This event incapacitated Mr Antonio de Orleans to be king of Spain, because having killed his cousin in mourning, he had been excommunicated, and the Pope could not recognize as a Catholic king a person in that situation. So the generals of the military triumvirate that temporarily ruled the country, after the dethronement of Elizabeth II, Generals Prim and Serrano and Admiral Topete, could not offer the crown to the Duke of Montpensier, and had to find a new king for Spain, outside our borders, in the person of Amadeo of Saboy. He did not accept this decision of Orleans, refusing to swear obedience to the new king, Amadeo of Savoy, which led to his expulsion from the army.
The Duke of Montpensier, was not overwhelmed by discouragement, but in his hall of the Palace of Saint Telmo, the Court Girl as he was known throughout Spain, said these words with a prophetic accent.
- I will not be king, but in any case, my daughter will be queen.
And from that same day, Mr Antonio began to conspire to obtain the resignation to the throne to Amadeo the 1th of Saboy, which had to abdicate just two years after the beginning of his reign, after forming six successive government cabinets. The straw that broke the camel's back was the assassination of General Prim. Recent studies by Mr Antonio Pedrol Rius have shown that it was the Duke of Montpensier who financed (as he did with the La Gloriosa revolution), according to General Serrano, the Republican José Paúl y Angulo and nine others, the murder of Prim, a staunch enemy of the Duke. Then Mr Antonio encouraged General Martinez Campos to restore the Bourbon dynasty, putting on the throne the young Mr Alfonso the 12th. And after that step, Mrs Maria Luisa would see to it that the young king took Merceditas de Montpensier as his wife.
Everything went as the dukes had prepared it. Alfonso the 12th was king, he came to Seville in the spring, and the perfume of the carnations, the murmur of the river, the joyful excursion mornings, the emotional processions of Holy Week, with the smell of incense and lilies, all conjured up under the crystal clear sky of Seville, so that the young Alfonso the 12th fell in love with his cousin, and decided to marry her.
During his stays in Seville, Alfonso the 12th lived in the Alcázar, a royal residence. In the morning, the days that were not scheduled to go to Saint Telmo, he stayed in his office in the Alcázar, receiving official commissions or studying state business with his ministers. But invariably at a quarter to twelve he interrupted his work, because it was time for his riding exercise. He rode a horse, and left by the shutter of the Alcázar, which overlooked the Huerta del Retiro and the Prado de San Sebastián. But instead of walking through the terrain that his riding instructor had pointed out to him, the young king would go around the walls of Saint Telmo and go to the pavilion, where Merceditas used to be sewing. The king spent barely four or five minutes with his cousin, sitting in the sewing room, under the always suspicious and authoritative look of the old nanny, who coughed impertinently, if the king dared to " have his way" by taking one of the white hands of his cousin.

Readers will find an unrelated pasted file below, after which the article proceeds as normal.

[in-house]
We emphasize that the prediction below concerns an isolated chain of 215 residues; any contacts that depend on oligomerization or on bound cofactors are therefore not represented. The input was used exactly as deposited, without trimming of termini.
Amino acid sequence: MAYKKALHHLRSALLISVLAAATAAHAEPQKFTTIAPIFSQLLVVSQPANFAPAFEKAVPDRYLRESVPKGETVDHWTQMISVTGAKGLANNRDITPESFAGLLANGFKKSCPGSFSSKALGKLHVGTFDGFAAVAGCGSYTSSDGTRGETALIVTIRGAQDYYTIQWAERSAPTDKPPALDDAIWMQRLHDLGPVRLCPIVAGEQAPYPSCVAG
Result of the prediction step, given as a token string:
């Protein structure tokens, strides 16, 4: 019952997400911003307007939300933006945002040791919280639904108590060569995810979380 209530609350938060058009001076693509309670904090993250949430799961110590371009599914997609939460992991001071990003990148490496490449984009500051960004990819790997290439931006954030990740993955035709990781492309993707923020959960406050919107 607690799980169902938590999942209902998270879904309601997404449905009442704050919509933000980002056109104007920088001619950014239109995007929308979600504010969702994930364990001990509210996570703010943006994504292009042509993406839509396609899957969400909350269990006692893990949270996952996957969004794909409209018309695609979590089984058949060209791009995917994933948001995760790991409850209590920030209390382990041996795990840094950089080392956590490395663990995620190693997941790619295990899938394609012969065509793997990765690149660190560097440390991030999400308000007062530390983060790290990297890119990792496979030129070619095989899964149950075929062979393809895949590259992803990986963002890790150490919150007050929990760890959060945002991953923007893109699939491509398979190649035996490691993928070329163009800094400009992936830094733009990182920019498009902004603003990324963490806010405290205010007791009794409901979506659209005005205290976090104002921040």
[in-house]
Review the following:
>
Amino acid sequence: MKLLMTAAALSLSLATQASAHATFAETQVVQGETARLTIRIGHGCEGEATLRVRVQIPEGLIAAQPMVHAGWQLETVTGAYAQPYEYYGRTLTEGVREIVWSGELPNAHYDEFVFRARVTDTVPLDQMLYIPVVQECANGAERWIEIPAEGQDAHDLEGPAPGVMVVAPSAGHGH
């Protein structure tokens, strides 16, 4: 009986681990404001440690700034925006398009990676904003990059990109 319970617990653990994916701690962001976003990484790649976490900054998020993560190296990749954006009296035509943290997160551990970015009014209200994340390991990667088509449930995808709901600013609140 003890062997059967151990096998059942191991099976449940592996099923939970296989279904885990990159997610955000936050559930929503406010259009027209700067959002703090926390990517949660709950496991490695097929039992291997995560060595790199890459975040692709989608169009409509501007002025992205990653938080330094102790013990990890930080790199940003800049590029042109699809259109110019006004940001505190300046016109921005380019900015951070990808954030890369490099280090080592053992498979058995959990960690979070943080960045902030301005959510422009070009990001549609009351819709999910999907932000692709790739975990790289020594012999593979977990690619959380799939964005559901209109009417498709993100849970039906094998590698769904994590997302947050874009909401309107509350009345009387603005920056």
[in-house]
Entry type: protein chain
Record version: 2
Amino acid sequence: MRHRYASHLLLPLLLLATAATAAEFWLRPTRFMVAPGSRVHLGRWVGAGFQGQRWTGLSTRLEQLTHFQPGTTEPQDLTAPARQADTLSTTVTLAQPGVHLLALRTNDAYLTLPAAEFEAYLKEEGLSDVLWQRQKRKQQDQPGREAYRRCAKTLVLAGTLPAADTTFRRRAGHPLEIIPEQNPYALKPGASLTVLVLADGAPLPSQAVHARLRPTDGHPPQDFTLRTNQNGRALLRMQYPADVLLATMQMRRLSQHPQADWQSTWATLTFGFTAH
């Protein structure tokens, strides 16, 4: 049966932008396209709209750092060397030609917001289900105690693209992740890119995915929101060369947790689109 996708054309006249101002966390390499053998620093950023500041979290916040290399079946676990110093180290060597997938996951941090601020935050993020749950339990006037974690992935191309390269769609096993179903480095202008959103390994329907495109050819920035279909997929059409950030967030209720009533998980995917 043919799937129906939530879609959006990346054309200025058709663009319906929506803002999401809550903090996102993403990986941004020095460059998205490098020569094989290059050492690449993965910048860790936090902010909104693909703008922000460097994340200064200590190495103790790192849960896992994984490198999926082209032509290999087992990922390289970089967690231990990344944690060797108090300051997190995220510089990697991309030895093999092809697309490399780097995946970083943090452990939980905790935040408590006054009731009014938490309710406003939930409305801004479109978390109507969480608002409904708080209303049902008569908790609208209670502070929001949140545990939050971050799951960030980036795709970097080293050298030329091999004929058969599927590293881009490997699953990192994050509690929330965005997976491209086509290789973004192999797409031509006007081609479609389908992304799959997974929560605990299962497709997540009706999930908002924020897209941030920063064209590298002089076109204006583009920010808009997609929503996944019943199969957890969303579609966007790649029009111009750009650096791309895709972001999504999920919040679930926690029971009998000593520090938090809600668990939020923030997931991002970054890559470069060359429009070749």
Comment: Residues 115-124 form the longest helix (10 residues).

Immediately Alfonso had to ride again on horseback and return to the Alcázar because the quarter hour of riding was over and at twelve he had already had an official hearing in the Hall of Ambassadors. Merceditas, excited and in love, she sewed in that little pavilion de ranger much of her own trousseau as any marriageable girl of her time.
And finally they got married. But the happiness of the honeymoon was short, because Merceditas, shortly after arriving in Madrid, began to cough and cough. The doctors were alarmed, and to remove it from the cold of the old Palacio de Oriente, they sent her to recover in Seville. Here it was a season, trying that the sun of Andalusia tempered the cold of the death that little by little was getting it in the bones.
Merceditas left the palace on sunny mornings, leaning on her nanny's arm, and went to the sewing box, where she tried to distract herself by sewing. But in vain, because his heart was filled with sadness, thinking that he would soon leave his beloved Alfonso alone. When, desperate, Alfonso the 12th sees that his wife does not improve in Seville, he takes her to Sanlúcar de Barrameda, but what the Sevillian sun had not achieved also does not get the sea breeze. Merceditas, paler than ever, huddled in a fur blanket, shivering, returns to Madrid, where she has already set her date with death.
The last place in Seville that she wanted to see, on the way to Madrid, was her ranger's cottage, the corner where she had felt more intimately as a child, where she had dreamed and where she had loved. That pavilion of the gardens, where Saint Telmo ends and María Luisa Park begins, which since then is called "El Costurero de la Reina".
Fuente: Blog "Leyendas de Sevilla"